Another element of strength and potential for Lebanon is the gas reserves in its territorial waters, estimated at around 12-25 trillion cubic feet, in addition to 440-675 million barrels of oil. This sector is expected to create tens of thousands of job opportunities, with significant positive spillover effects on a large number of sectors of the economy.
“Lebanon is now at a crossroads to regaining its past glory or falling into an abyss.”
However, the new government ought to speed up the process and sign more offshore oil and gas exploration and production agreements and expedite drilling.
It is hoped that, in light of the new parliamentary elections and the expected formation of a new government, the investment program agreed upon and presented at the recent Cedre conference will be carried out efficiently and effectively, along with the reforms and structural adjustment measures associated with it. These policy measures and structural reforms are essential for sustained growth and macroeconomic stability in Lebanon. As such, the only palpable options for the country are to make reform and stop the protracted imbalances.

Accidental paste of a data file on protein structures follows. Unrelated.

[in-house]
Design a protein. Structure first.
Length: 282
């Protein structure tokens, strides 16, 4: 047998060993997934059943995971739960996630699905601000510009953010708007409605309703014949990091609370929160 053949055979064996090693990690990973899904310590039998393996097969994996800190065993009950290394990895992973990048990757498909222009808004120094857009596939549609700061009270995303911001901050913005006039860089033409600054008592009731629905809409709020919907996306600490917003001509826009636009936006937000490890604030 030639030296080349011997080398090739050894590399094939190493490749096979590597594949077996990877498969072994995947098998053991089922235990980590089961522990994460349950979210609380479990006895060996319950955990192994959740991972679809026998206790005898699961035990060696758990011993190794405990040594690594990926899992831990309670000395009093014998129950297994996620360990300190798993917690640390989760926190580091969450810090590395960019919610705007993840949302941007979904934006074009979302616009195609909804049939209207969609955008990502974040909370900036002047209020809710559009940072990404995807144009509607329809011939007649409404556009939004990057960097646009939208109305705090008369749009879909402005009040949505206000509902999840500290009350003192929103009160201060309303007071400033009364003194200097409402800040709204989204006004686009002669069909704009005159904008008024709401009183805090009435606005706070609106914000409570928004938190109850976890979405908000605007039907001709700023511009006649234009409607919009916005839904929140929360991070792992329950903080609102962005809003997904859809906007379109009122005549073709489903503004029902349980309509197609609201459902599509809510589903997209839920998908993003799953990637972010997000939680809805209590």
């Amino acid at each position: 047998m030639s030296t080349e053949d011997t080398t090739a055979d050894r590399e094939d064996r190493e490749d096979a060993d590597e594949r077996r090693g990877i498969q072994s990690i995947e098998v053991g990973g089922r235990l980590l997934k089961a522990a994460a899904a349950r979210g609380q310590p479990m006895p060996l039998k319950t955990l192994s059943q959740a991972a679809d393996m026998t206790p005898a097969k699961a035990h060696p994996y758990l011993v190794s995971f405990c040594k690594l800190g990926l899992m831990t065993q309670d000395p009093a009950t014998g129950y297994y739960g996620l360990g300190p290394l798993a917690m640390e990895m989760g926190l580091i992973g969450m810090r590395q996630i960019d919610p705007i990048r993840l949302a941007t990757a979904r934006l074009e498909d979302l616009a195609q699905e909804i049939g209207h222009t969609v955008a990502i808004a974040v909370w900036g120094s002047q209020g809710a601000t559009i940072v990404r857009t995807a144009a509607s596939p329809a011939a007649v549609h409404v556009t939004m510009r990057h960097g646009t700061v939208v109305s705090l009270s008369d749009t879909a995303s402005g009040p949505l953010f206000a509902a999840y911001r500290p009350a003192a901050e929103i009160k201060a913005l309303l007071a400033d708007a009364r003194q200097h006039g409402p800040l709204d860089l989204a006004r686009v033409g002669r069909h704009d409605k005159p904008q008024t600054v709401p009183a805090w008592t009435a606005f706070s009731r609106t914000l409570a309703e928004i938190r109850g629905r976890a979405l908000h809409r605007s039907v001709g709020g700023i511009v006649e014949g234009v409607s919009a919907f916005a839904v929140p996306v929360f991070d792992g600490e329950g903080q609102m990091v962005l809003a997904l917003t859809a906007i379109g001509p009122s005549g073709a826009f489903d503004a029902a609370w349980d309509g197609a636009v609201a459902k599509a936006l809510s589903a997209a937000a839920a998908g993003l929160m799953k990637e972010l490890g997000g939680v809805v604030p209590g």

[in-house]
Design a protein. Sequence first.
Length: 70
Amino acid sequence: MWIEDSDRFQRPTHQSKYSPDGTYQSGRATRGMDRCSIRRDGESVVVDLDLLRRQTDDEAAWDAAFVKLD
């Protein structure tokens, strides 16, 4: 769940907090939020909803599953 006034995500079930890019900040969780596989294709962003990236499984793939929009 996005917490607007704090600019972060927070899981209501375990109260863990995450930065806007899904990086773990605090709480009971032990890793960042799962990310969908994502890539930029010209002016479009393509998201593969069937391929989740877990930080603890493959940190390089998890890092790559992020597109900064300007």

Is this a wild pitch? I say no, provided the country takes its pledges made at the international conferences seriously. Real reform requires actual achievements, not empty promises and platitudes. In other words, without a genuine political commitment to put in place a structural adjustment program allowing administrative reform and dismantling barriers toward greater private sector development, the Lebanese economy will not enjoy sustainable development.
The way forward